To add to Rod’s comments on radiation release due to the accident, I think it is disgraceful of the anti-nuclear crowd to be jumping up and down (as if to celebrate the occurence of Fukushima and to hope for the worst possible outcome) and to brag that they were right all along. This exposes them for the petty people that they are, and does not contribute in any way to a healthy discussion on nuclear power. The health affects that we are observing among the evacuees are due to what I believe is the law of unintended consequences. That is to say that the health effects of the evacuation may far outway the effects of higher than normal radiation levels. Any move to forcibly evacuate a large population from such a large area should be done as a precaution, and not to frighten the daylights out of people affected, or to pander to anti-nuclear sentiments.

  3. Now that many evacuated cities have been re opened and are de facto ‘ghost towns’, maybe the NRC could lift the 50 miles evacuation order.

    That would take courage.

  4. Good show. Interesting points regrettably caged in one nuclear blog. Margaret’s “it’s not mega-tons” cesium half gallon example highlights that the perspective thing is VERY important. The banter over Silverts means beans to Joe Six-Pack who can eat that the health impact equivalence of 50 millirads and mSilivets is passing through a cloud of someone’s cigarette smoke or getting blasted by the exhaust of a passing bus. It might sound condescending but I think all engineers should drop all tech lingo and measurements when public speaking, Gwyneth mentioned educating reporters on radiation, but I think such is a futile endeavor. I recall very much during the Shoreham debacle that the reporters willfully tapped every Hiroshima apologist “nuclear consultant” to hone their deep anti-nuclear biases by (a “mortal” crusade since you’re trying to color and banish a scourge on mankind that uniquely killed so any innocents at Hiroshima). I remember WNBC reporters tapping Don “Mr. Wizard” Herbert during TMI for any condemning pearls of wisdom against nuclear power and he just didn’t play the FUD game and they quickly shied him like he was senile old man. After that nuke-doubter “science guys” like Bill Nye and Doc Kaku became all the rage. Grimly, when I graze nuclear professional and energy corporation sites, public nuclear education — the key to fight ignorance and FUD — still feels like a stepchild afterthought.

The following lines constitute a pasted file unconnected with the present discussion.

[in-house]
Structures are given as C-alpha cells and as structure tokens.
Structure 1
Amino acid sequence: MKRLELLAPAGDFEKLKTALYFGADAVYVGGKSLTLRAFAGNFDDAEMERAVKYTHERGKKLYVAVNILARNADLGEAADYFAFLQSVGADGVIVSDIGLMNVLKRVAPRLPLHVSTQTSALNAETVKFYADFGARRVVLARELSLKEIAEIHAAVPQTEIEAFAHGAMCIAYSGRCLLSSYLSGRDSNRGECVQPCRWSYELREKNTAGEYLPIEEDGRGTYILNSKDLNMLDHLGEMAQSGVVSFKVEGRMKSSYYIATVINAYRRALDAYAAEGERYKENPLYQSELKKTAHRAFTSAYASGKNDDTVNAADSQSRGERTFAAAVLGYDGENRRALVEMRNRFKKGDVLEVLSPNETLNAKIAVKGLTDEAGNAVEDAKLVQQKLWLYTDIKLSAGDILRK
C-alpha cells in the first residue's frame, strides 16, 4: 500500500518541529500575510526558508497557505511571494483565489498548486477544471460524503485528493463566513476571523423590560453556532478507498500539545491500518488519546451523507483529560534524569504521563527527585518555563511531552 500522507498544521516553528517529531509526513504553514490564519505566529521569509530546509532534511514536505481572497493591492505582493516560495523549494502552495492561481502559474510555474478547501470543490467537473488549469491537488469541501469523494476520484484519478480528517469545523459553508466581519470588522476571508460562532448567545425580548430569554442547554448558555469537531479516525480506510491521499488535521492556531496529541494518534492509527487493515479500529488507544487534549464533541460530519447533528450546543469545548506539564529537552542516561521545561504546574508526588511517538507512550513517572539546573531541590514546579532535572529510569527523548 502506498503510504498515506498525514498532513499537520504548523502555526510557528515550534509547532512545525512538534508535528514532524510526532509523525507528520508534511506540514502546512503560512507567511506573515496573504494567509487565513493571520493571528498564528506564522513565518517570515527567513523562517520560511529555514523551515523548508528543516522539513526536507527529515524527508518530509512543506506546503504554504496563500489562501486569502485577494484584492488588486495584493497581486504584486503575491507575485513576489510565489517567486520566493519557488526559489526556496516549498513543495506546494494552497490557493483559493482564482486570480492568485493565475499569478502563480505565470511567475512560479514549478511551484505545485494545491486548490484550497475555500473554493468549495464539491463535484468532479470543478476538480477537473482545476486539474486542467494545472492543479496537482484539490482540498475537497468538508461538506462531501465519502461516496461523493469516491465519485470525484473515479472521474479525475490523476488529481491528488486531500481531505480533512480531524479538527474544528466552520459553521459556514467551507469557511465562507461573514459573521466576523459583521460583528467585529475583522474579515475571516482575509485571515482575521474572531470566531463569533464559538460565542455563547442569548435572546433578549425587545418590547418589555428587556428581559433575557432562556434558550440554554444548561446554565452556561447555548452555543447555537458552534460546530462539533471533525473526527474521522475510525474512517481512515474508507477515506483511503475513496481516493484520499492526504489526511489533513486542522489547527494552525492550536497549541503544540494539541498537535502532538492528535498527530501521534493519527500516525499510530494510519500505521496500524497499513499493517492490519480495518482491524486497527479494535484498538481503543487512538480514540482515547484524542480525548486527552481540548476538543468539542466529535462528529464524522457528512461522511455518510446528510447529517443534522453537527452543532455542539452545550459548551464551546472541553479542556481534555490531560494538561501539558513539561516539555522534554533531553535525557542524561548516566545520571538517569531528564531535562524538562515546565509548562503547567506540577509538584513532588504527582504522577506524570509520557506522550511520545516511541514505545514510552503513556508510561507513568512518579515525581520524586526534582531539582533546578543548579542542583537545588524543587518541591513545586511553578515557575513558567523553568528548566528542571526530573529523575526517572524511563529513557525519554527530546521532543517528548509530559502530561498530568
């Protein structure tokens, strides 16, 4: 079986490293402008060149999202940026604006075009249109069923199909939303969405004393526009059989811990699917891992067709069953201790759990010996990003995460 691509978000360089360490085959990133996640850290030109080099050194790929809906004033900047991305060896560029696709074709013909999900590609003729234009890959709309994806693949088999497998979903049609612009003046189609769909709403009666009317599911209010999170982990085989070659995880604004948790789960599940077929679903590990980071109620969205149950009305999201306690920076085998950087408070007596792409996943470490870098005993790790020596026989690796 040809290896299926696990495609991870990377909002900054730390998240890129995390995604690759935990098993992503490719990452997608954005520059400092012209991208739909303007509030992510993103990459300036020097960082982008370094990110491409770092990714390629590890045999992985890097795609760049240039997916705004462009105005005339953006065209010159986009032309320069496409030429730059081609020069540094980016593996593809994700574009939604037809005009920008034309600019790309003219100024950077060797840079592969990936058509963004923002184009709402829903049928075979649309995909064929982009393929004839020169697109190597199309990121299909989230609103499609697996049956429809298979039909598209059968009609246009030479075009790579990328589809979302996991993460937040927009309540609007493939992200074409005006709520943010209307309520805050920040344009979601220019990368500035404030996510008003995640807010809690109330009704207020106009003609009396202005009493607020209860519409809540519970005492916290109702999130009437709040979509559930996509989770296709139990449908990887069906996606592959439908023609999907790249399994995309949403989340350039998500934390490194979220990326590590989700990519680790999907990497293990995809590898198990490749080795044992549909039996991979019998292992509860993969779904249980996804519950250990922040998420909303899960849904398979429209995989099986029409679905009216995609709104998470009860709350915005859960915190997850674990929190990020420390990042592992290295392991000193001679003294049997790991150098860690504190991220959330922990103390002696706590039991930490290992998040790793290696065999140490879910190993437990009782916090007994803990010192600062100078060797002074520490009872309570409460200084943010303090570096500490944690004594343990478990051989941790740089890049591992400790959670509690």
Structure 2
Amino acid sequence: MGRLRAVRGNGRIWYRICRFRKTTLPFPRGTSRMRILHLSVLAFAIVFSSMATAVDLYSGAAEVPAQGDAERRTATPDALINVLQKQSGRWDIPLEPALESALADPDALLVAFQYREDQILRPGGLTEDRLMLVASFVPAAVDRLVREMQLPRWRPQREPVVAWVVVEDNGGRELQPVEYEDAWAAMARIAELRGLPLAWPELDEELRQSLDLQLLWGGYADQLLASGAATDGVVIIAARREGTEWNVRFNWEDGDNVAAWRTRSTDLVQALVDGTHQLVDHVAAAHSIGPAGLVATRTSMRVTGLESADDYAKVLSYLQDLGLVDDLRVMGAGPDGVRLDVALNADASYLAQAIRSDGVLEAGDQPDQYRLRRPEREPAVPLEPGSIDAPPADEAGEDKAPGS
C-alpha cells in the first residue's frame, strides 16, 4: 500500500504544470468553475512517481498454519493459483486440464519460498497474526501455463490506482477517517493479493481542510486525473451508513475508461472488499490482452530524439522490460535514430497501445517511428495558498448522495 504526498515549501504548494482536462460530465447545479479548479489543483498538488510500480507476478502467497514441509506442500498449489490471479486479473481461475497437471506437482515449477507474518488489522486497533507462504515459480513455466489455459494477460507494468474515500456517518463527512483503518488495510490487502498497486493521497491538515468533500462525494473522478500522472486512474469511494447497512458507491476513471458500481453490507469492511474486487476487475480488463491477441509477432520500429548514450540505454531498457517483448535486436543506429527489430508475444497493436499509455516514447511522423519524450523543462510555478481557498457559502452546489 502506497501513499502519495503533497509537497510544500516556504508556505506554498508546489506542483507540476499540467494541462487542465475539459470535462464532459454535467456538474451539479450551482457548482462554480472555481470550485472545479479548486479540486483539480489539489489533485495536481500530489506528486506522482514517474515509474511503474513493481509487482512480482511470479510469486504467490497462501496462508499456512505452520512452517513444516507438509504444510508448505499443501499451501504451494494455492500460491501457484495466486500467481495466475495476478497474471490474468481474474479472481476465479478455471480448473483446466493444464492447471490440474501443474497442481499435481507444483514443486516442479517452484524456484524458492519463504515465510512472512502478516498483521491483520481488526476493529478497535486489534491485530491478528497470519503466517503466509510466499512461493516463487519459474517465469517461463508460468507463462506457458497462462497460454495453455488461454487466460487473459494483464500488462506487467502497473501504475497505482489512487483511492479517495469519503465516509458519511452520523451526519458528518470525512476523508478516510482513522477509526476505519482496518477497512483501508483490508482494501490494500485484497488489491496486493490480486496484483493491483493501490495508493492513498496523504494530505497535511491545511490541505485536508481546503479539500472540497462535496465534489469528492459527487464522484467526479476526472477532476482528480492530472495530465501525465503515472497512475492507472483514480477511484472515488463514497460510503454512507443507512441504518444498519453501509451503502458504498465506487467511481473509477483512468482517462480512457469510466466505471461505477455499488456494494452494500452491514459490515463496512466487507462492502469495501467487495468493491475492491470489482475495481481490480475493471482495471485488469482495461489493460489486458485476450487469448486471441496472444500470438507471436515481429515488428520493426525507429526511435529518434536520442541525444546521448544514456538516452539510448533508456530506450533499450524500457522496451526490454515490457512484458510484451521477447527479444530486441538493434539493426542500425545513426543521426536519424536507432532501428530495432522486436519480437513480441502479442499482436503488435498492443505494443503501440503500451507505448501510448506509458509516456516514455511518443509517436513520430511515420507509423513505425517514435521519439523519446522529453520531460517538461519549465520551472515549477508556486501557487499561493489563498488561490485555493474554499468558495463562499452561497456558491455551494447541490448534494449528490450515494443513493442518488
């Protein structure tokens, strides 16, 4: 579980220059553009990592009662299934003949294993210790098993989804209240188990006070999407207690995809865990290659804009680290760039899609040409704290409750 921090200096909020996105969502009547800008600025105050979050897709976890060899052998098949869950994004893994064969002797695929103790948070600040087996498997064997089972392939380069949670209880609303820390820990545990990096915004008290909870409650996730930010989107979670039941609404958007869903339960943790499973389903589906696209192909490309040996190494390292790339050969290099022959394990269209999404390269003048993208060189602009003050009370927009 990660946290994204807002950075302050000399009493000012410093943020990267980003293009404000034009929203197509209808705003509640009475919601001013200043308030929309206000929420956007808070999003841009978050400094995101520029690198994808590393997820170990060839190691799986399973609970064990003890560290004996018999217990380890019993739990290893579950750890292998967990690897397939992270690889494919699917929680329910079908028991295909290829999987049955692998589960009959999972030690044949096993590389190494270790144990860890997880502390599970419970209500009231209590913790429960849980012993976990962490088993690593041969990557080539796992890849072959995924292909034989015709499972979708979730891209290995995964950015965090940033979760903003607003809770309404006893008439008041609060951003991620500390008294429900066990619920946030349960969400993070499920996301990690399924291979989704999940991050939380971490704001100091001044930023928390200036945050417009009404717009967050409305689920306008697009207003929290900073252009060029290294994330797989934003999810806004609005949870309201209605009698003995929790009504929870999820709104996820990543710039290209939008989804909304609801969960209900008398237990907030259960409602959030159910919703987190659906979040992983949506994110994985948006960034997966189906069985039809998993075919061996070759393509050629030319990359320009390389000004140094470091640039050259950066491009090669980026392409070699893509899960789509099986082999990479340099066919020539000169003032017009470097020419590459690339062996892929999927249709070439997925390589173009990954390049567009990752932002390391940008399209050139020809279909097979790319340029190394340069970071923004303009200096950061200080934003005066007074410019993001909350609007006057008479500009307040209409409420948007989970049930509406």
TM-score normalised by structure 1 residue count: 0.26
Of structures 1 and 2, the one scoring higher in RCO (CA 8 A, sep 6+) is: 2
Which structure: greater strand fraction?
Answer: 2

James Greenidge
    Queens NY

  5. I know we care mostly about the US (I certainly hope my son can get a job with his nuclear engineering degree), but everything needs a leader and the leader for nuclear is going to be China. If you want to get away from doom and gloom then read stories like this:

    http://www.world-nuclear-news.org/ENF-First_fuel_produced_for_Chinese_EPR-1103134.html

    From the article:

    First concrete for unit 1 was poured in October 2009, with the dome of the reactor building being lowered into place on top of the containment building in October 2011. In January 2013, Areva announced that installation of the heavy components – the reactor pressure vessel, the four steam generators and the pressurizer – had been completed within the reactor building.

    The have fabricated the initial fuel assemblies. This reactor is expected to go online in 2014. At that it will beat the Olkiluoto reactor easily …. first concrete in 2005! I know that was the first EPR, but still …

    What is likely to give us, and others around the world a swift kick in the ass, is when we see what China is accomplishing with nuclear power.

    1. EPRs, Candus .. They are all built outside the western world on time and on budget. (China, India etc.)

      But we have the gold standard, the NRC. We have the means.

  6. One of the national newspapers here has a two page memorial for Fukushima. One of the headlines: “Japan remembers 19 thousand dead due to nuclear disaster”.

    One could not possibly be more dishonest than this. There are zero radiation casualties. The only casualties were due to a forceful evacuation which made no sense at all.

    1. This is more than merely misleading or any “mistake”. It’s as willfully malicious as crying fire in a theater seeding indelible FUD. Hope you follow this up with more info to pounce on.

      James Greenidge
      Queens NY

  7. One has to keep in mind that the public has no science background or so and that it uses myths instead. For the man of the street, the word “Atomic” means “Hiroshima”, long story short, almost everyone doesn’t understand that civil nuclear industry is as different from the war one than chemical industry from biological warfare.